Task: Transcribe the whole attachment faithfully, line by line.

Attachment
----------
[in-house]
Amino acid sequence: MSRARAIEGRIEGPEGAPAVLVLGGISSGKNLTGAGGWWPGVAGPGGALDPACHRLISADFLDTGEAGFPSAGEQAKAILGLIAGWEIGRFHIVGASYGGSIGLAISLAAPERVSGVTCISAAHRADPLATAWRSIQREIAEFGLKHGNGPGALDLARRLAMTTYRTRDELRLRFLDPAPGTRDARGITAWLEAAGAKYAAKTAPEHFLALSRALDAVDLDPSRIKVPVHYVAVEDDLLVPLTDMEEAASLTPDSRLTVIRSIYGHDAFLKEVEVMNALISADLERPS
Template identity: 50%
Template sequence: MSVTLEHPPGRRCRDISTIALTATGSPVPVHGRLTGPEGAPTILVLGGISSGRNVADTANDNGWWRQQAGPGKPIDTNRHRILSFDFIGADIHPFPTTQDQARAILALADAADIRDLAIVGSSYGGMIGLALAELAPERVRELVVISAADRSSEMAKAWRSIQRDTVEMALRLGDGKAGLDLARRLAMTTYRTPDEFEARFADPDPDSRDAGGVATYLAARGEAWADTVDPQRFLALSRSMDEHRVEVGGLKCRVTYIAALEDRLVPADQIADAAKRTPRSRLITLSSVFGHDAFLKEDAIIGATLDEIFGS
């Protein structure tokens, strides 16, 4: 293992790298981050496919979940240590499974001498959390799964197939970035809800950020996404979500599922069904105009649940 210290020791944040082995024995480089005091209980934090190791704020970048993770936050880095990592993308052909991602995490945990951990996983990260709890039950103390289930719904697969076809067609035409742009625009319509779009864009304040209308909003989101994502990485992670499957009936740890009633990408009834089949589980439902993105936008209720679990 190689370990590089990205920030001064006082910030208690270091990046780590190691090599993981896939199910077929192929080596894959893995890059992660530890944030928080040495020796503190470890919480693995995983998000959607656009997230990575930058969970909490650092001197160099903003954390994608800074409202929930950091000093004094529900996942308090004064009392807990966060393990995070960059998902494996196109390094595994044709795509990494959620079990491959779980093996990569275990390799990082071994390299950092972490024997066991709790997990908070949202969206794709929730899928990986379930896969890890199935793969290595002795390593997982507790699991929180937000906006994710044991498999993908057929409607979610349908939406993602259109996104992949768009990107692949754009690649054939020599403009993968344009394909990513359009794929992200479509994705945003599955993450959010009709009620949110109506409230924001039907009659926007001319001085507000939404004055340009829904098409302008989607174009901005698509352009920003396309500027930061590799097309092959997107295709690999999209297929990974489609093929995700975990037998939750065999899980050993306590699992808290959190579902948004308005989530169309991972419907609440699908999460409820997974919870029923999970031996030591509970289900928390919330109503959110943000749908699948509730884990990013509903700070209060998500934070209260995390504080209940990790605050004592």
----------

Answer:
[in-house]
Amino acid sequence: MSRARAIEGRIEGPEGAPAVLVLGGISSGKNLTGAGGWWPGVAGPGGALDPACHRLISADFLDTGEAGFPSAGEQAKAILGLIAGWEIGRFHIVGASYGGSIGLAISLAAPERVSGVTCISAAHRADPLATAWRSIQREIAEFGLKHGNGPGALDLARRLAMTTYRTRDELRLRFLDPAPGTRDARGITAWLEAAGAKYAAKTAPEHFLALSRALDAVDLDPSRIKVPVHYVAVEDDLLVPLTDMEEAASLTPDSRLTVIRSIYGHDAFLKEVEVMNALISADLERPS
Template identity: 50%
Template sequence: MSVTLEHPPGRRCRDISTIALTATGSPVPVHGRLTGPEGAPTILVLGGISSGRNVADTANDNGWWRQQAGPGKPIDTNRHRILSFDFIGADIHPFPTTQDQARAILALADAADIRDLAIVGSSYGGMIGLALAELAPERVRELVVISAADRSSEMAKAWRSIQRDTVEMALRLGDGKAGLDLARRLAMTTYRTPDEFEARFADPDPDSRDAGGVATYLAARGEAWADTVDPQRFLALSRSMDEHRVEVGGLKCRVTYIAALEDRLVPADQIADAAKRTPRSRLITLSSVFGHDAFLKEDAIIGATLDEIFGS
């Protein structure tokens, strides 16, 4: 293992790298981050496919979940240590499974001498959390799964197939970035809800950020996404979500599922069904105009649940 210290020791944040082995024995480089005091209980934090190791704020970048993770936050880095990592993308052909991602995490945990951990996983990260709890039950103390289930719904697969076809067609035409742009625009319509779009864009304040209308909003989101994502990485992670499957009936740890009633990408009834089949589980439902993105936008209720679990 190689370990590089990205920030001064006082910030208690270091990046780590190691090599993981896939199910077929192929080596894959893995890059992660530890944030928080040495020796503190470890919480693995995983998000959607656009997230990575930058969970909490650092001197160099903003954390994608800074409202929930950091000093004094529900996942308090004064009392807990966060393990995070960059998902494996196109390094595994044709795509990494959620079990491959779980093996990569275990390799990082071994390299950092972490024997066991709790997990908070949202969206794709929730899928990986379930896969890890199935793969290595002795390593997982507790699991929180937000906006994710044991498999993908057929409607979610349908939406993602259109996104992949768009990107692949754009690649054939020599403009993968344009394909990513359009794929992200479509994705945003599955993450959010009709009620949110109506409230924001039907009659926007001319001085507000939404004055340009829904098409302008989607174009901005698509352009920003396309500027930061590799097309092959997107295709690999999209297929990974489609093929995700975990037998939750065999899980050993306590699992808290959190579902948004308005989530169309991972419907609440699908999460409820997974919870029923999970031996030591509970289900928390919330109503959110943000749908699948509730884990990013509903700070209060998500934070209260995390504080209940990790605050004592």